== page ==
In some ways, I feel I should still participate in groups where I am the only man, only queer person, only person of color — or even only queer man of color — to ensure that my perspective is reflected. But, in others, I need to acknowledge that a focus solely on gender simply does not fit for my perspective — one that is is inherently intersectional. I do not fit as a fat brown queer man, not simply because I hold these identities, but because of the worldview that is shaped by the intersections among them. I suppose at best, I can collaborate with feminists and be an ally to women; but, the space in which I will be most instrumental, and feel most comfortable, is one that advocates for human rights, with explicit attention to the intersections among racism, sexism, classism, fatphobia, transphobia, heterosexism, ableism, ageism, and xenophobia. I suppose I found the answer to my question.
With the start of Women’s, Womyn‘s, and Womanist Herstory Month this past Friday, I have been wondering what more I can do to challenge sexism — including my own. As I have noted in previous posts, I have an evolving awareness that my own disadvantaged social location as a brown queer man does not make me immune to sexism, nor any other system of oppression.
One important task of my anti-sexist advocacy is to become aware of the ways in which I am privileged as a man. I know this to be a particular challenge for queer men because of our awareness that we are disadvantaged among men. So, I was disappointed to find little beyond a few personal reflections from feminist-identified gay men to guide me and other queer men to understand and appropriately fight sexism. The Guy’s Guide to Feminism seems like a good start, but I find it useful to engage gay men from their unique relationships with sexism, women, and male privilege.
Feminism For Gay Men 101
Though I am just at the beginning of a lifelong journey to understanding sexism and my own male privilege, here are a few lessons I would like to impart to my fellow gay men:
- We are men. We hold male privilege. Period.
- Yes, number 1 is true despite our sexual orientation and despite our gender expression (no matter how feminine, androgynous, or queer). Though gay masculinity is devalued relative to hegemonic masculinity (i.e., white heterosexual middle-class able-bodied young/middle-age masculinity), it is still privileged over all femininities.
- Systems of oppression are linked including — particularly relevant to this discussion — sexism, heterosexism, and cissexism. As such, our liberation is tied to the liberation of ciswomen and trans* people.
- While number 3 is true, we are not immune to sexist attitudes and behaviors. And, most importantly, being gay does not make us anti-sexist. Our marginalized status among men may make it easier to understand sexist oppression, but it does does not preclude us from it. Just like heterosexual cisgender men who engage in anti-sexist activism, we must be active in challenging the prejudice, discrimination, and violence against women, and to keep our male privilege in check (i.e., give it up or use it for good).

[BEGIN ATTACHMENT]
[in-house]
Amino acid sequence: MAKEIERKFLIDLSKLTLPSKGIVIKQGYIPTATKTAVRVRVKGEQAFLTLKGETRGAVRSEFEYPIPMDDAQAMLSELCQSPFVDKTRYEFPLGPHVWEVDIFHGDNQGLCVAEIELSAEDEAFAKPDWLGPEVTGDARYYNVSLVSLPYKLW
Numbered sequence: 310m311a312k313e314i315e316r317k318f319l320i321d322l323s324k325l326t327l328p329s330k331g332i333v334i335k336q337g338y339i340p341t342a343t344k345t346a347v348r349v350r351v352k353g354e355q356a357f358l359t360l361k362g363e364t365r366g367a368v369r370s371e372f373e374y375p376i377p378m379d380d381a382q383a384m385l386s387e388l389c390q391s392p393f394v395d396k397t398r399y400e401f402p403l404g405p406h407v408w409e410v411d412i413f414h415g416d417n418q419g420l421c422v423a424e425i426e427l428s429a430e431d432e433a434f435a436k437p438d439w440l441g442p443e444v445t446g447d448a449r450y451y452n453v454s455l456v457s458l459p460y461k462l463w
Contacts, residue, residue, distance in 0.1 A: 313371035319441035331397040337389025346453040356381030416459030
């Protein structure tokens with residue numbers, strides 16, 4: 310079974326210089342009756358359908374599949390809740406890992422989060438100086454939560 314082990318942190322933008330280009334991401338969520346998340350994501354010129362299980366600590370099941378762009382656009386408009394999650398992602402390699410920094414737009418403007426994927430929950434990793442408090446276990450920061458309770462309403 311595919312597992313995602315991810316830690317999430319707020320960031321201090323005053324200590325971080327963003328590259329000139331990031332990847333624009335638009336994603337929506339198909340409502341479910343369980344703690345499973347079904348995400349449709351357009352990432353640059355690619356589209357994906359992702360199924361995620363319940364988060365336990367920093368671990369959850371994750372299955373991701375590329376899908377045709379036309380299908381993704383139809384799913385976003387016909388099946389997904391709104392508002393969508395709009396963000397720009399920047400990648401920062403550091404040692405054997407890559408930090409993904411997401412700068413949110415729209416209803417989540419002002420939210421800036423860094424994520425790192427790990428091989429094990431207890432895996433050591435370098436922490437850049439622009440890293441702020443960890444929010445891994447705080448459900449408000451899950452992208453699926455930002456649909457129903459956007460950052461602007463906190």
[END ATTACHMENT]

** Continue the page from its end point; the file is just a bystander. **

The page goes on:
- Though we generally are not sexually attracted to women, we are just as capable of sexually harassing or assaulting women. The root of sexual violence is power, not sexual attraction. I must point out here that too many of us have sexually harassed or assaulted women and naively excused the behavior as innocent because we are gay. Sexual violence by any perpetrator is wrong. But, that of gay men has the added element of placing our women friends and allies in the difficult position of questioning whether to feel violated or upset.
- Related to number 5, we must stop treating the women in our lives as objects or accessories. Yes, many heterosexual women are guilty of doing this to us — the gay BFF, every girl’s must have! — which is also wrong. Friendships that exist because of her gender or your sexual orientation are forms of exotification.
- Attraction to male-bodied individuals, men, and masculinity must be stripped of the presumed aversion to female-bodied individuals, women, and femininity. We need not be repulsed by female bodies just because we are not sexually attracted to (cis)women. Even when joking, this is no less problematic than (cisgender) heterosexuals who proclaim to be repulsed by people of their same sex.
- Certain aspects of gay men’s culture that promote pride and empowerment among us come at the expense of women’s empowerment. To call a fellow gay man “bitch,” “cunt,” and, more commonly in the drag scene, “fish,” is to use a term that derogates women. Though they may be positive in intent and meaning, these are not instances of reclaiming pejorative terms used against us: self-identifying as queer is; “servin’ up fish!” isn’t. Just think how outraged we would be if women decided to adopt “faggot” as a term of endearment among themselves.
- Our queer, bisexual, and lesbian sisters are oppressed by heterosexism and sexism. We, as LGBT and queer people, will not be fully liberated by addressing homophobia and heterosexism alone.
- Related to number 9, we must recognize that LBQ women are often subject to our sexist prejudice and behavior, ranging from anti-lesbian jokes to outright exclusion (often disguised as innocently bonding with other gay men or even the product of our exclusive attraction to men).
- The way that we devalue femininity among ourselves is another arm of sexism. The “no femmes” sentiment, aptly called femmephobia, is nothing more than the hatred of femininity, which is associated with women. Beyond eliminating this silly prejudice in our anti-sexist efforts, we do ourselves the favor of freeing the constraints on how we can behave and express our gender.
- We owe it — yes, we owe it — to the ciswomen and trans* people who have fought against the injustices we face to fight against those they face. Even when kept at the periphery or outright excluded, transpeople have fought for equal rights and status for lesbian, gay, and bisexual people. Many lesbian and bisexual women served as caregivers to gay and bisexual men with HIV/AIDS during the 1980s and 1990s, while also fighting along side those who worked for better HIV/AIDS health care. Feminists of all walks of life have advocated for our protection from prejudice, discrimination, and violence, seeing it as important in (and linked to) activism against sexist discrimination and violence against women.
We owe it to our ciswomen and trans* friends and allies — and ourselves — to be better feminists.